Things that travel has taught me
Unless you’re completely emotionally sideways (or avoidant) it’s difficult to come away from a substantial stint of traveling without learning something.
The basic reason for this is that travel gives you an excess of time to process absolutely anything and everything, and it allows you to view your life from a healthy distance.
I would consider myself fairly well travelled, and while all of my journeys have varied greatly in intent and outcome, one thing that remains the same is the evolution of thought. Even if I travel for escapism and to intently avoid thinking it always happens. I won’t bore you with my “I thought this, where” insights because that’s severely edging into the realm of self indulgent but here are some of the lessons I’ve taken away from traveling.
- Being alone while you travel is such a gift. If you can bare it. It may take a little getting used to – especially eating solo but eventually it’s blissful. Plus, you open yourself up to adventures with some of the world’s most amazing people, just by being yourself.
- There’s always ups and downs. Travel, (especially for longer periods of time) is/can be hard work. You’ll have days where you’re tired, flat, moody, feeling ugly, disenchanted or fat just like you do at home. Not every minute of every day is a holiday. For the most part, know that you can’t control everything (particularly in a foreign landscape). Do whatever you can to redirect your feelings, then let it go.
- Be prepared, but allow for variables. Book flexible flights. And if you’re going somewhere for an extended period of time and doing multiple short trips don’t do too much planning in advance. Sometimes you need to be able to stay somewhere because you fall in love with a place or want to go to La Tomatina. Other times you need to chopper the fuck out of there ASAP.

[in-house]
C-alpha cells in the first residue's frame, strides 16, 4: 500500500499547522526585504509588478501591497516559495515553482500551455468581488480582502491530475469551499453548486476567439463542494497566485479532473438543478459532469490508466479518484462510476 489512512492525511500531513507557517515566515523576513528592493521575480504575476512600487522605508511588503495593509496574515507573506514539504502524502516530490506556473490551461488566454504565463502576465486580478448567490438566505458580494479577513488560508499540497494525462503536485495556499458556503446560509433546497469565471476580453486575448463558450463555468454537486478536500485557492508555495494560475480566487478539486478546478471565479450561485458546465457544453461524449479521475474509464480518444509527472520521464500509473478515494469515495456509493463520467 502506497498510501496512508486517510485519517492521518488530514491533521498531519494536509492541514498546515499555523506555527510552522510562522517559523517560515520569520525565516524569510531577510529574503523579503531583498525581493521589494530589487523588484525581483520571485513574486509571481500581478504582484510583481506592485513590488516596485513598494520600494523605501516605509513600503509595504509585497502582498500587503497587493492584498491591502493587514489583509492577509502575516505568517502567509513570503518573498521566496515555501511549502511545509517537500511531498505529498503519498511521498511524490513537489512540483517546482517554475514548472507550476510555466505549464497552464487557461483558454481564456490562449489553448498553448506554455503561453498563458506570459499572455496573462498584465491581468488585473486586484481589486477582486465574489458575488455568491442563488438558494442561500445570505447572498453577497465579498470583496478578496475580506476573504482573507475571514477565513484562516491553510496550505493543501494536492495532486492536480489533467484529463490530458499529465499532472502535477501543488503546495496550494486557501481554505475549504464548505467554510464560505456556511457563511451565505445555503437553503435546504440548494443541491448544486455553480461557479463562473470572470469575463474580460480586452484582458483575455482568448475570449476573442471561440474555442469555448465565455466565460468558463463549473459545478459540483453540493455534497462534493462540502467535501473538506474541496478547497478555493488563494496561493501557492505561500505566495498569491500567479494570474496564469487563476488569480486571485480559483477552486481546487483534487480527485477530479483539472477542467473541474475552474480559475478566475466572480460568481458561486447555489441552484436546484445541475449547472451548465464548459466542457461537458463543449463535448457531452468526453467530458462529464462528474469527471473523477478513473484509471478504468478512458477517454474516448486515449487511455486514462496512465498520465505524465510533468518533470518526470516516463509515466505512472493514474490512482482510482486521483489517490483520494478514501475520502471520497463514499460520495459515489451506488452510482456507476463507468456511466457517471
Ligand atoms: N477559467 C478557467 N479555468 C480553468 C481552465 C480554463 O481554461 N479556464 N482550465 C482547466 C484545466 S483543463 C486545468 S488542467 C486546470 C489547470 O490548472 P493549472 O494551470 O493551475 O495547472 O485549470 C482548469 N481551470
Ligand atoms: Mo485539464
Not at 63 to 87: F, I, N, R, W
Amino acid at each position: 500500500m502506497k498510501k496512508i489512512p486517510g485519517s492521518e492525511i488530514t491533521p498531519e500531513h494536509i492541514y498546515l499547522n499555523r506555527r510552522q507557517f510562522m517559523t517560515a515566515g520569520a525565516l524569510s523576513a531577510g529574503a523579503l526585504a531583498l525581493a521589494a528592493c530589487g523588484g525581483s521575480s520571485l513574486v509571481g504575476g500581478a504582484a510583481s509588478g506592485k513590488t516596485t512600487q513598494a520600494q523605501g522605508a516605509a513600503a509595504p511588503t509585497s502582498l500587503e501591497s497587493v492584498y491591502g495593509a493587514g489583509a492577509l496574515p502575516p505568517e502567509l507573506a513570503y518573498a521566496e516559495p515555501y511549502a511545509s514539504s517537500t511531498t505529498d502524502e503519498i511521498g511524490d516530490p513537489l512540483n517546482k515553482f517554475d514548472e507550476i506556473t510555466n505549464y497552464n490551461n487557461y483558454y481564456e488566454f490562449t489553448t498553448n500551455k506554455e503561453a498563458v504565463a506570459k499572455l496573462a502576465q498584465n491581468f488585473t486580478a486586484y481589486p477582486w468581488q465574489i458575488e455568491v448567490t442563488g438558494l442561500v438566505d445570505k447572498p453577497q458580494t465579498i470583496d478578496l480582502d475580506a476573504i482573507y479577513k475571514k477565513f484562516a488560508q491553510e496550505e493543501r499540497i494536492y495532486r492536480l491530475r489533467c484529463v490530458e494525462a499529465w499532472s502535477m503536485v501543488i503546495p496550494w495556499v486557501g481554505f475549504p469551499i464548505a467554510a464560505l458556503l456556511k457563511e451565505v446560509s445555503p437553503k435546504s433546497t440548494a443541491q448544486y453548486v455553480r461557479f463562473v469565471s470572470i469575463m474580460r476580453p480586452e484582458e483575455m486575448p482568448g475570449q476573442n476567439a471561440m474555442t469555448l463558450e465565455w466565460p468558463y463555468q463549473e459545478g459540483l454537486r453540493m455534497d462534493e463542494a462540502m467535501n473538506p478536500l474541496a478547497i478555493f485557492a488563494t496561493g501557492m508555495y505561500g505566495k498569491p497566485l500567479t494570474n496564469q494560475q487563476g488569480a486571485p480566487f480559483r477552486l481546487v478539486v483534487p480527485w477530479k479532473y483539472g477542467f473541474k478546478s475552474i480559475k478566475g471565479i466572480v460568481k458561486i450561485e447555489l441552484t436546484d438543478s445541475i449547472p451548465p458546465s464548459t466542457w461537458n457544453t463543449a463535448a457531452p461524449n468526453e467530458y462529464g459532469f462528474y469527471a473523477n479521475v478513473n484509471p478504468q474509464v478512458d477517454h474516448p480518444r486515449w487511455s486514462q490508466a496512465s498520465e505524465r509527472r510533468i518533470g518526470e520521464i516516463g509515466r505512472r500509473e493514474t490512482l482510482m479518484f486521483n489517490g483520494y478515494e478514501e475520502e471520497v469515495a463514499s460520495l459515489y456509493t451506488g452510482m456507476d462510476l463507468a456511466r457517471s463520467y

- Go with a focus (then allow it to change). Travel for long periods means facing idle time which lots of humans cannot stand. Either get really good at doing nothing or find a focus or a purpose for your trip i.e: Yoga, exploring random supermarkets, going to every nightclub in Berlin or writing a book of poems. That way you can always return to your core focus and never be left floundering.
- Never leave home without a book. Just trust me on this. In many countries (particularly Asia) there’s not a book shop on every second street.
- Money you spend on travel and/or education is never a waste.
- Coming home is usually underwhelming.
- It takes 3 x longer to unwind than it does to get stressed out again. Factor this into the equation when you’re deciding on the length of your trip.
- Prioritise your baseline comfort. I realised just how much I had matured (in standards) while I was away recently. When I was traveling through Europe for the second time I stayed in a hostel in Berlin with 32 beds in one room. The ONE shared bathroom had a pool of water about 4cm deep covering the entire floor and somehow I just ‘managed’ for 5 nights there. Now, if a bedroom of a villa is too dark i’m wriggling in discomfort. Just know what your standards are (and your intention for the travel) and you’ll always make the right choices. Eg. If you’re a surfer you probably don’t give a shit what your hostel room is like because you’re in the ocean 12 hours per day.
- Trust your instincts. Definitely harder in different cultures with unique customs and behaviours but always just trust your gut. If something feels wrong, don’t fuck with it.
- Home really is where the heart is. It’s so cliche but wherever you are happy, you can make your home. And home can be as temporary, fleeting or cement as you need or want it to be. Home is usually rooted in routine, familiarity and connections of the heart and if you find yourself slipping into those while you’re away you’ll feel at home pretty hastily.
- If you are lonely. If you’re feeling really homesick then you need to trick your mind into a better mental space. Do the things you would at home that would comfort you; find your favourite coffee shop, a beautiful view, go for a long walk, to the gym or do some reading and that will settle you.
Posted by jlm | October 10th, 2017 | No Comments